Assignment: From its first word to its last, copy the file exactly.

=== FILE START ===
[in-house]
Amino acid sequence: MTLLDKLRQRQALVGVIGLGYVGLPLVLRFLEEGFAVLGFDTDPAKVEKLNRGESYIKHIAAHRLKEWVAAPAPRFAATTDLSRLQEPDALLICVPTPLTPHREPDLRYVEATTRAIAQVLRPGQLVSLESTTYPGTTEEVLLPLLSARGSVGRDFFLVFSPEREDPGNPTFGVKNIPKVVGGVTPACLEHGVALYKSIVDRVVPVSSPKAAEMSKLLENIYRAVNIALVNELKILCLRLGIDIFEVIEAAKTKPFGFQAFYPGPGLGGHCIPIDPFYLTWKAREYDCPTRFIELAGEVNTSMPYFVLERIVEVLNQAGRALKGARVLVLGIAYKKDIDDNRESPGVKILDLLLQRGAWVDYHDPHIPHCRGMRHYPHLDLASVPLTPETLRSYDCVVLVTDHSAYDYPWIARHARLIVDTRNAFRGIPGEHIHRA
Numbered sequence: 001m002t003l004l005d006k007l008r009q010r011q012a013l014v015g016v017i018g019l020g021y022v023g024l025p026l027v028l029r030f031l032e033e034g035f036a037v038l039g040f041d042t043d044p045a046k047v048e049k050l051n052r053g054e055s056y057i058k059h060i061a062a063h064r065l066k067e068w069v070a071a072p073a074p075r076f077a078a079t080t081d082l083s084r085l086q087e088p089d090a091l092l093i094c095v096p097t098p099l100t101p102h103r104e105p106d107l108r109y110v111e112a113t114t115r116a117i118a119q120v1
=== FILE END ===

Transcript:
[in-house]
Amino acid sequence: MTLLDKLRQRQALVGVIGLGYVGLPLVLRFLEEGFAVLGFDTDPAKVEKLNRGESYIKHIAAHRLKEWVAAPAPRFAATTDLSRLQEPDALLICVPTPLTPHREPDLRYVEATTRAIAQVLRPGQLVSLESTTYPGTTEEVLLPLLSARGSVGRDFFLVFSPEREDPGNPTFGVKNIPKVVGGVTPACLEHGVALYKSIVDRVVPVSSPKAAEMSKLLENIYRAVNIALVNELKILCLRLGIDIFEVIEAAKTKPFGFQAFYPGPGLGGHCIPIDPFYLTWKAREYDCPTRFIELAGEVNTSMPYFVLERIVEVLNQAGRALKGARVLVLGIAYKKDIDDNRESPGVKILDLLLQRGAWVDYHDPHIPHCRGMRHYPHLDLASVPLTPETLRSYDCVVLVTDHSAYDYPWIARHARLIVDTRNAFRGIPGEHIHRA
Numbered sequence: 001m002t003l004l005d006k007l008r009q010r011q012a013l014v015g016v017i018g019l020g021y022v023g024l025p026l027v028l029r030f031l032e033e034g035f036a037v038l039g040f041d042t043d044p045a046k047v048e049k050l051n052r053g054e055s056y057i058k059h060i061a062a063h064r065l066k067e068w069v070a071a072p073a074p075r076f077a078a079t080t081d082l083s084r085l086q087e088p089d090a091l092l093i094c095v096p097t098p099l100t101p102h103r104e105p106d107l108r109y110v111e112a113t114t115r116a117i118a119q120v1